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Vegetable Garden

Seven jobs for your autumn vegetable garden

October 2, 2014

7 jobs for the autumn vegetable garden“And all of a sudden it was autumn”

The words from the social media stream of Foxglove Lane, one of my favourite photographic blogs, captured the almost overnight change in our weather. Our wonderfully long Indian summer is coming to an end. The leaves have started to flutter down in the autumn breeze and the hedgerows are giving us hints of the glorious shades that will soon adorn the landscape in their fall displays.

In the laneways the hedge cutters are busy trimming and tidying and thankfully those around us are doing so with sharpened blades that don’t leave the branches scared, torn and naked. The hedgerows are looking trim and tidy, ready to take the weight of snow that may befall them and the regrowth that springtime will bring.

7 jobs for the autumn vegetable gardenIn our homestead Mr G has been busy clearing out sheds so he has room to cut and store firewood and make space for workshop repairs, a never-ending pastime when you live in an old, rescued farmhouse.

And the garden… I’m beginning to despair at the lack of time I’m managing to find in my own. I do know however, this is a temporary glitch, soon I’ll be able to spend some precious hours inhaling the scent of soil and vegetation, preparing the garden for winter, hopefully before the rains come.

If you’re growing vegetables and are wondering what you could be doing outside now in the autumn days to ready it for winter, here’s seven jobs you could be getting on with. I keep adding to them, this was meant to be a list of five, and of course there’s plenty more, but I might frighten myself if I begin to list them all…

7 jobs for the autumn vegetable gardenSeven Jobs in the Autumn Vegetable Garden

1. Pumpkins, Courgettes and Squash

7 jobs for the autumn vegetable gardenThe days and nights are still warm but that could change, quick as a flash. Keep a close eye on your squash plants and the weather forecast as members of the squash family are frost tender. If you haven’t already done so, cut the stems of any plants that aren’t producing fruit and stop them growing. Small fruit are unlikely to amount to anything at this stage so its sadly time to get rid of them too. It may seem harsh but it will allow the plant to put all it’s energy into developing the remaining fruit on the plant. For more information on growing, harvesting and caring for squash, the RHS have a very useful information page here.

Courgettes will be coming to the end of their season and you may have noticed some whiteness on the leaves. This is likely to be powdery mildew and can be treated by removing the worst of the infected leaves from the plant and spraying the rest with a solution of 30% milk to 70% water. Don’t forget that plants have a natural lifespan and many will be starting to die off at this stage anyway so it may just be time to let nature take her natural course.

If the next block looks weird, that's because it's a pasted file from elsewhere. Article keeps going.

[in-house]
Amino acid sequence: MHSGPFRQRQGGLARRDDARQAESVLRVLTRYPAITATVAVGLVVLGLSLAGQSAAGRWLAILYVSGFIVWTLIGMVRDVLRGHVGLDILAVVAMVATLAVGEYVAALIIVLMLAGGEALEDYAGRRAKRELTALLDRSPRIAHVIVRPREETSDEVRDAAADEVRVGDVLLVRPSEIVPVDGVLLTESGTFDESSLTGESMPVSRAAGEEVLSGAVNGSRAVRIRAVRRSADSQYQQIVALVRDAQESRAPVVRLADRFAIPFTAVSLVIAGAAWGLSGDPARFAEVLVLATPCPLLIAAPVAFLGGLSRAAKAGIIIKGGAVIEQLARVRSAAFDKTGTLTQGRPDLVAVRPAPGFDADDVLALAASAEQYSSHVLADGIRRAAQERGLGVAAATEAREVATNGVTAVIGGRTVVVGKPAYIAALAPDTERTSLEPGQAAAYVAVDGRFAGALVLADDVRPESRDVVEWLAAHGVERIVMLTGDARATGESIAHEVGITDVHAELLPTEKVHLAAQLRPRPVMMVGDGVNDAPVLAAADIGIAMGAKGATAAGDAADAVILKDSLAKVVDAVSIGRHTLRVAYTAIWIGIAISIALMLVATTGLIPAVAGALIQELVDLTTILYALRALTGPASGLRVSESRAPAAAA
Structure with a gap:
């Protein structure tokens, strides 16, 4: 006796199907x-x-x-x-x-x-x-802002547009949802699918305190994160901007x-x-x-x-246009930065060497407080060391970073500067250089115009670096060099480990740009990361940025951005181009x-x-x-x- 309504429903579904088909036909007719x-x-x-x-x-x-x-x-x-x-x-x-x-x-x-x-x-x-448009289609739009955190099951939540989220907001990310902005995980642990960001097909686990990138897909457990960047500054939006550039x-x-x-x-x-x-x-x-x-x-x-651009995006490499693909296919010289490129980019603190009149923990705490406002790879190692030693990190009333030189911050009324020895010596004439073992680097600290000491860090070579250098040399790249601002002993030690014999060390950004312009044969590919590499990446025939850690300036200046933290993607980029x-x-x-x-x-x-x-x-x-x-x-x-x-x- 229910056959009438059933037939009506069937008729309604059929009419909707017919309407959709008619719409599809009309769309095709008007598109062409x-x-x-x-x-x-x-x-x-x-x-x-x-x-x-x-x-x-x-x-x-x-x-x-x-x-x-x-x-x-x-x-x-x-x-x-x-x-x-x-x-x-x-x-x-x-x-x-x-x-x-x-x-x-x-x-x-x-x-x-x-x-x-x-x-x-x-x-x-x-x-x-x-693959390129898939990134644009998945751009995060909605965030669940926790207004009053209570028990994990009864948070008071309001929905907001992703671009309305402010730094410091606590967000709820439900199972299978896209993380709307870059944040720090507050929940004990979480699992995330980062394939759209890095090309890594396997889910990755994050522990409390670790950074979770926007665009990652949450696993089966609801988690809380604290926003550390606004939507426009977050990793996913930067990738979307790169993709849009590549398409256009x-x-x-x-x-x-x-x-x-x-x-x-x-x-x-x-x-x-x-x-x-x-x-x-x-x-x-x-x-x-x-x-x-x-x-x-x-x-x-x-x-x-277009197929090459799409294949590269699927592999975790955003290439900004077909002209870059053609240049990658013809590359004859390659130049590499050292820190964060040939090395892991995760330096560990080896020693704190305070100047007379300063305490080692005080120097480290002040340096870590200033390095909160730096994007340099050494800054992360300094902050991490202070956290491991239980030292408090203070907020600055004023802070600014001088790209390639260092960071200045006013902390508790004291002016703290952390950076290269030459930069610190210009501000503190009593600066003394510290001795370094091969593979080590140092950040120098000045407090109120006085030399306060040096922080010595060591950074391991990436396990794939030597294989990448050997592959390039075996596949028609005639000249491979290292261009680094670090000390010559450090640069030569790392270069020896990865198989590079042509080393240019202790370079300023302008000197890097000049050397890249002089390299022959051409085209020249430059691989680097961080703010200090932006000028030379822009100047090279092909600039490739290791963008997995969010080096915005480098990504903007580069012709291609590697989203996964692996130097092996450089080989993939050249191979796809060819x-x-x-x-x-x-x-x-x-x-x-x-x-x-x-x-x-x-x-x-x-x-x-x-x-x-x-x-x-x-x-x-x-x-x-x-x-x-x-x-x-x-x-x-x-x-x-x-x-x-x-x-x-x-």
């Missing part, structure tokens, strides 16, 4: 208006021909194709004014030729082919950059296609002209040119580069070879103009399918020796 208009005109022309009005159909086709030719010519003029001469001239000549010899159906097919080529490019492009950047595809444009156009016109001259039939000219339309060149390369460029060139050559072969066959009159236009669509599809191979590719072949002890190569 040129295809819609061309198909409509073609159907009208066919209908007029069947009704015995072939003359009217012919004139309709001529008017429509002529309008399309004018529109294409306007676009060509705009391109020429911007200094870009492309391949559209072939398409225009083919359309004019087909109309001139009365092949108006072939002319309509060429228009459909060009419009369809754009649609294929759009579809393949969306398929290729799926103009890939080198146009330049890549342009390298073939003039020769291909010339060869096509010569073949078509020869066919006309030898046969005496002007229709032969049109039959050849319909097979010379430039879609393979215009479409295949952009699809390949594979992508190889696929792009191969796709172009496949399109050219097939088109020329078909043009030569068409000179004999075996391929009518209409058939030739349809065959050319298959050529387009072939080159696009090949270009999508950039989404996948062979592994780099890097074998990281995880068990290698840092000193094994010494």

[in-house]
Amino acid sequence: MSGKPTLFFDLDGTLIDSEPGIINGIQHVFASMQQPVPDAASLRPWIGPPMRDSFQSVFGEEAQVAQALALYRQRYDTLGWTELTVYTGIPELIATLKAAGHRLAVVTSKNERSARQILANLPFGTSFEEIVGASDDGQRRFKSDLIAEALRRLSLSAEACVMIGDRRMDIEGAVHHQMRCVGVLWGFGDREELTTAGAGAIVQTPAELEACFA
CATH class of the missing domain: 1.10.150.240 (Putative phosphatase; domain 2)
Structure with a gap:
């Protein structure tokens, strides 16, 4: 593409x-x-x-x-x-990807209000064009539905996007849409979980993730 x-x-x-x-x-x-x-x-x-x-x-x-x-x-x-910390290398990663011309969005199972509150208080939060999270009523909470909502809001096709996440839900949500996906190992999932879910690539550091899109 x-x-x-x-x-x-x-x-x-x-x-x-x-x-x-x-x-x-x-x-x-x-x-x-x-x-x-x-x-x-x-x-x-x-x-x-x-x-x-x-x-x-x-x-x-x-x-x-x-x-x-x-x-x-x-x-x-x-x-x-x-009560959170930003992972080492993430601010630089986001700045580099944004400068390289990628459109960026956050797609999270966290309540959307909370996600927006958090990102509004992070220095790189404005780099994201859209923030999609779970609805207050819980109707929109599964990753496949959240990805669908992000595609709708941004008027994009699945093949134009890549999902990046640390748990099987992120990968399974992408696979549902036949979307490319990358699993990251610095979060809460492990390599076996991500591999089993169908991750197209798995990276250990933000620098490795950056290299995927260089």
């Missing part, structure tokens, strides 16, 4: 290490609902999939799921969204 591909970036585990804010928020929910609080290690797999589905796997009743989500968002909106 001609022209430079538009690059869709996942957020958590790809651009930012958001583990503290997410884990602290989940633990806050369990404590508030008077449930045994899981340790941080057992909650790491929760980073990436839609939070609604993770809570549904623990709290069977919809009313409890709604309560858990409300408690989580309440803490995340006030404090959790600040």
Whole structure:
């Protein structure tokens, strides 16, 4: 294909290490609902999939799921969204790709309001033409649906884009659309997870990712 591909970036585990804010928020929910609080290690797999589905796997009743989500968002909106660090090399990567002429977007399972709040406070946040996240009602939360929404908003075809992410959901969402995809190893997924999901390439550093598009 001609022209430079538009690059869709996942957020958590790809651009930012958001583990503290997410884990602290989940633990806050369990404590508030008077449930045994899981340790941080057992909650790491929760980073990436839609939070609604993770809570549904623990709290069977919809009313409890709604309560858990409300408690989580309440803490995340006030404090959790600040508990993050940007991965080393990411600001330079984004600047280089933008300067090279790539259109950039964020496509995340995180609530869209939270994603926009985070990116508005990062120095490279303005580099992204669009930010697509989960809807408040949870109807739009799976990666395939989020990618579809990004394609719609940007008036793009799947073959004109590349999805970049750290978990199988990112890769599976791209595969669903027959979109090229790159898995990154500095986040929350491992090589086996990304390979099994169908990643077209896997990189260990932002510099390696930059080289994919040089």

7 jobs for the autumn vegetable garden2. Clear away dead plants and debris

Now’s a great time to get outside and clear away all the debris of plants that have finished growing. Compost anything that’s not diseased, tidy away canes and netting. Clear away dead leaves away from plants such as the brassica that will be overwintering.

3. Cover the Soil

Once you’ve cleared away all the old plants and vegetable debris from around your garden, you may be left with beds of bare soil. If you’re not planning on planting any vegetables to overwinter, it’s a good idea to cover the soil with well-rotted manure or compost then cover them with black plastic or cardboard to prevent the nutrients leaching out during the winter months and polluting water streams. This will not only feed the soil over the winter months but prevent weeds growing too.

If you don’t have access to manure or compost, most garden centres and online stores now sell green manures that can be sown and left to grow until the springtime before being dug into the soil before planting season begins again.

7 jobs for the autumn vegetable garden4. Start Collecting Leaves

Leaves are a valuable source of nutrients and will rot down to create leaf mould that will turn into a wonderful soil conditioner. It’s a good idea to keep leaves separate from your compost area. Sacks can be purchased to keep them in or make a leaf mould bin using four fence posts and some chicken wire. The Secret Garden blog explains leaf mould in more detail and why it makes sense to collect our leaves.

5. Look After Your Rhubarb Patch

I spotted some very useful tips from the Real Men Sow blog recently that will tell you how to look after your rhubarb patch in the autumn. If you haven’t done so already, stop harvesting, let the leaves die down naturally then mulch heavily with well-rotted manure. Don’t cover the crowns completely is it may encourage rot to set in. Tending to your rhubarb now will make sure you get a good crop of stalks next year.

6. Harvesting